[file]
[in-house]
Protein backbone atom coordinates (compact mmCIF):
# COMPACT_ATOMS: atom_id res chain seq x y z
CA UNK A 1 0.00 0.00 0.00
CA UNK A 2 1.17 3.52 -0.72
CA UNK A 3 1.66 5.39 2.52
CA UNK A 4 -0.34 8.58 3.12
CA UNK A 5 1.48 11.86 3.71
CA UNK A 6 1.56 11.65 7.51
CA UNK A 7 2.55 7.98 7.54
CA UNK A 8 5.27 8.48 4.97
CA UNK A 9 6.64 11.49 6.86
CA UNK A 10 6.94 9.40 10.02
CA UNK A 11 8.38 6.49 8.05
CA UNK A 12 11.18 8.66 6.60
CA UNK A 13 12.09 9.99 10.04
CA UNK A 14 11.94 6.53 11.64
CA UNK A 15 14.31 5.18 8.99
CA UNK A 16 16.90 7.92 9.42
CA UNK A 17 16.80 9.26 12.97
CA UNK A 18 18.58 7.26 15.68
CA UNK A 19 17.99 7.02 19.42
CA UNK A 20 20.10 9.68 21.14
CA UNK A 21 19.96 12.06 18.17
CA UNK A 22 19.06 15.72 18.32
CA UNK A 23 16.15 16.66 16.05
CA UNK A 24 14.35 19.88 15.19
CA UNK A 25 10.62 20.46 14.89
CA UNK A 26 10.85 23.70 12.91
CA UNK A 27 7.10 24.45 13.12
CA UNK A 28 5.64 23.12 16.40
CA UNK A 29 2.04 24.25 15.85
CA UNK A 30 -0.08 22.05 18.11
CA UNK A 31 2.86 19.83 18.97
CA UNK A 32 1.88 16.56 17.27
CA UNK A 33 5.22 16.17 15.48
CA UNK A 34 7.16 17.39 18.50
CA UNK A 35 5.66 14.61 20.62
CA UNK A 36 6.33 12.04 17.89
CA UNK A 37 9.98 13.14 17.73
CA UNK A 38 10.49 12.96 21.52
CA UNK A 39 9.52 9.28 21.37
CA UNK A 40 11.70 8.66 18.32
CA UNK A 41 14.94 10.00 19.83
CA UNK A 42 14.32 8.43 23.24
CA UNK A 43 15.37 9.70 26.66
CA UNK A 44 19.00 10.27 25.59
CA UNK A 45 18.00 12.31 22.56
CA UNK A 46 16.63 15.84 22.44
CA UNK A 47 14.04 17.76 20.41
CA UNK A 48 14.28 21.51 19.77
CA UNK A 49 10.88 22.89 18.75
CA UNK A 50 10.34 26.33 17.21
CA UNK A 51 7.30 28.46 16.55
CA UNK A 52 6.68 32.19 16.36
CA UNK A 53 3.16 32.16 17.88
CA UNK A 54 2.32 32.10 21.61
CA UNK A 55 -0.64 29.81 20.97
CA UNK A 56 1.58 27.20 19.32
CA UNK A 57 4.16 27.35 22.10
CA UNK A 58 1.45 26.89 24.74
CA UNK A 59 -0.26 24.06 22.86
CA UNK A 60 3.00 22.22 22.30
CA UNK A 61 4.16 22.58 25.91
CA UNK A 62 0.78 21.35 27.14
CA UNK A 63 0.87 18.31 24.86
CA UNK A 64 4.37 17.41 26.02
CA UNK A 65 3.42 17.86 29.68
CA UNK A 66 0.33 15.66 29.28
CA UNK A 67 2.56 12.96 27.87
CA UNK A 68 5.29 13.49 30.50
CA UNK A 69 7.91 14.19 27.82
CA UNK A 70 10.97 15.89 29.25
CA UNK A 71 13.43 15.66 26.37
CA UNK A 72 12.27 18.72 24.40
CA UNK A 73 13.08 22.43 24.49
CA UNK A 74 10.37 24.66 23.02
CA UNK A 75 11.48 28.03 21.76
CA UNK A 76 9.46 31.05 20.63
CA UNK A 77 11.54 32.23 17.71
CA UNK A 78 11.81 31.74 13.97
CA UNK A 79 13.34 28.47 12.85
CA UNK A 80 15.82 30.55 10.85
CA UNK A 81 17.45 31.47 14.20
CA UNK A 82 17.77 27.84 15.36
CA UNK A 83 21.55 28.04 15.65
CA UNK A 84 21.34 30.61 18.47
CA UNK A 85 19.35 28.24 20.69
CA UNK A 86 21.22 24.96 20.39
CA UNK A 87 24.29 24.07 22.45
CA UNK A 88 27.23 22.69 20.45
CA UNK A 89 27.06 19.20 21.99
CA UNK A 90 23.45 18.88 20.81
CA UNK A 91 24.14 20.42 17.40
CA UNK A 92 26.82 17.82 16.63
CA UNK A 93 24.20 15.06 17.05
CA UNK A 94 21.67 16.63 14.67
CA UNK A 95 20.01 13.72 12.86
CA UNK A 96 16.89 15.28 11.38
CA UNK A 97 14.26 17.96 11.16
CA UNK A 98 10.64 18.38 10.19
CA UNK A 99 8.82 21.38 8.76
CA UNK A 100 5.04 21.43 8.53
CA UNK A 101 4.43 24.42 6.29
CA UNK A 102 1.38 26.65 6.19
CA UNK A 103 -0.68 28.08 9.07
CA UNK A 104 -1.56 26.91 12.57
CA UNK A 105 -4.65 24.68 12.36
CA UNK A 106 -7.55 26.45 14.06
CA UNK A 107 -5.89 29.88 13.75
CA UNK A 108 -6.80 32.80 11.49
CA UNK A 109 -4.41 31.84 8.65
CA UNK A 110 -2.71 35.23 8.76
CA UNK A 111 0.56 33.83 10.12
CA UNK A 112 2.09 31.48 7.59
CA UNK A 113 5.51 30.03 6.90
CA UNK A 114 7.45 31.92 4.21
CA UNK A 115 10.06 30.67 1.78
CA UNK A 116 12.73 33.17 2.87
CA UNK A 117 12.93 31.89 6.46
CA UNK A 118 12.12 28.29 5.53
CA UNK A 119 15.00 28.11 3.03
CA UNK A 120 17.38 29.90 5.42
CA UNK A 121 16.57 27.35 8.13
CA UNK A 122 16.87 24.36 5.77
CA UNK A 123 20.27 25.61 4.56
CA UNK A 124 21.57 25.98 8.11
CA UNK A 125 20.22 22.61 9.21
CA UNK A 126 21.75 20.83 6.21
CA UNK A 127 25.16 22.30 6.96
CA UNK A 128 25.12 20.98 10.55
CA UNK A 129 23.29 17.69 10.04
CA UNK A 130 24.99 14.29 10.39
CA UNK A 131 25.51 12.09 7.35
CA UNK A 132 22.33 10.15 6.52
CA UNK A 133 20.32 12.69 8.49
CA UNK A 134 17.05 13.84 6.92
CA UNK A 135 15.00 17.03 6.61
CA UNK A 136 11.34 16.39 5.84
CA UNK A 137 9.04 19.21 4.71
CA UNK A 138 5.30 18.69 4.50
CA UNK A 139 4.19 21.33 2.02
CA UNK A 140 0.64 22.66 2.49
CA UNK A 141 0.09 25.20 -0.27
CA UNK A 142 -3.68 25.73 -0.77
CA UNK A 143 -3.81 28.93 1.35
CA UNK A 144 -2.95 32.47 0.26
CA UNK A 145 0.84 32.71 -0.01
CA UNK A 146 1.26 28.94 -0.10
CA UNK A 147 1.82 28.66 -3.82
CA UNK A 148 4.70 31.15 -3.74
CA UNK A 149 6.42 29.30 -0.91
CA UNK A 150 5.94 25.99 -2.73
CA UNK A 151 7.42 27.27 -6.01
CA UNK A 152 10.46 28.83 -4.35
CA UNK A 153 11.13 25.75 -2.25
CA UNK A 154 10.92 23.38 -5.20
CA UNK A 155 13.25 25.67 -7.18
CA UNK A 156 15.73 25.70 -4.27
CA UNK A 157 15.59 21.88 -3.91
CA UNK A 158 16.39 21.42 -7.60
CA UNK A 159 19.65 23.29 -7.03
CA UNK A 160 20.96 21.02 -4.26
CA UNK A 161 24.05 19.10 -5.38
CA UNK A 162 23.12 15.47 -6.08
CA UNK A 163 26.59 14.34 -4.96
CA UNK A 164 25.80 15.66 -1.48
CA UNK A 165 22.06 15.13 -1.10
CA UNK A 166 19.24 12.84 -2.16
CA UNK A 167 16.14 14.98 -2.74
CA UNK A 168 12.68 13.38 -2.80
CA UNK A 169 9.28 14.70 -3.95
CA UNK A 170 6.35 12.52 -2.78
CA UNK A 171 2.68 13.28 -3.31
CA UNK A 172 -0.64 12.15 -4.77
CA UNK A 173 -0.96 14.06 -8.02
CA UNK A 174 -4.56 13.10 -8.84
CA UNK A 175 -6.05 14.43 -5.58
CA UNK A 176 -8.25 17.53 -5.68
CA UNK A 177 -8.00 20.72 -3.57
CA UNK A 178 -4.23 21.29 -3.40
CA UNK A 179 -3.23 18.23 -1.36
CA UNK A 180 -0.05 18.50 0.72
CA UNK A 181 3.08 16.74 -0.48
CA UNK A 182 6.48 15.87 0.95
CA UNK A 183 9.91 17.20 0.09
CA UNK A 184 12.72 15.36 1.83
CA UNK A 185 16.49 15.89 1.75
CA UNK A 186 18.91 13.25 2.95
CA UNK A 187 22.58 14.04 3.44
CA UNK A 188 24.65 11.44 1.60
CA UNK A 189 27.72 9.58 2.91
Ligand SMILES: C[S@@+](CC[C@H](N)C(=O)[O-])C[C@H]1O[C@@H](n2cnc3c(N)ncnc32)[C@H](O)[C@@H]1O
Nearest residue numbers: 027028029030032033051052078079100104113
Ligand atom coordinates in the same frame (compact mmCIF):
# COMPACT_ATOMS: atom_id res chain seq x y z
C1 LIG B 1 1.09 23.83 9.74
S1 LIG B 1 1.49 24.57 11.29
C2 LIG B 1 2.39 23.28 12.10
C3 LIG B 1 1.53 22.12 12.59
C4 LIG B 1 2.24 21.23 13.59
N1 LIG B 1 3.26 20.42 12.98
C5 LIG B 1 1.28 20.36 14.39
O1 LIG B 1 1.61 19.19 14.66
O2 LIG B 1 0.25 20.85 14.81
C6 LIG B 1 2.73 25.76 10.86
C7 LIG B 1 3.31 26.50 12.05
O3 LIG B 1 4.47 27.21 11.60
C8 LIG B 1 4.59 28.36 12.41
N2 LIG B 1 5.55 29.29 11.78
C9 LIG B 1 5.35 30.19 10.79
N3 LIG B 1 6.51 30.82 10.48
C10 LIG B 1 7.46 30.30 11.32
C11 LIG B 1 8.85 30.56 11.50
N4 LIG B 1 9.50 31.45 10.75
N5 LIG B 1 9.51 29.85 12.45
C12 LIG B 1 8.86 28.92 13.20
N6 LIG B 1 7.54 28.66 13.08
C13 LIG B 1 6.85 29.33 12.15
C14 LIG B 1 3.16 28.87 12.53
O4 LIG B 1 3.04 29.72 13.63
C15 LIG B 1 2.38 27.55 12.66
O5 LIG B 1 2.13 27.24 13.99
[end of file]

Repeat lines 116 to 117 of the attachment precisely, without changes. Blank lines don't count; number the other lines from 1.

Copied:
CA UNK A 113 5.51 30.03 6.90
CA UNK A 114 7.45 31.92 4.21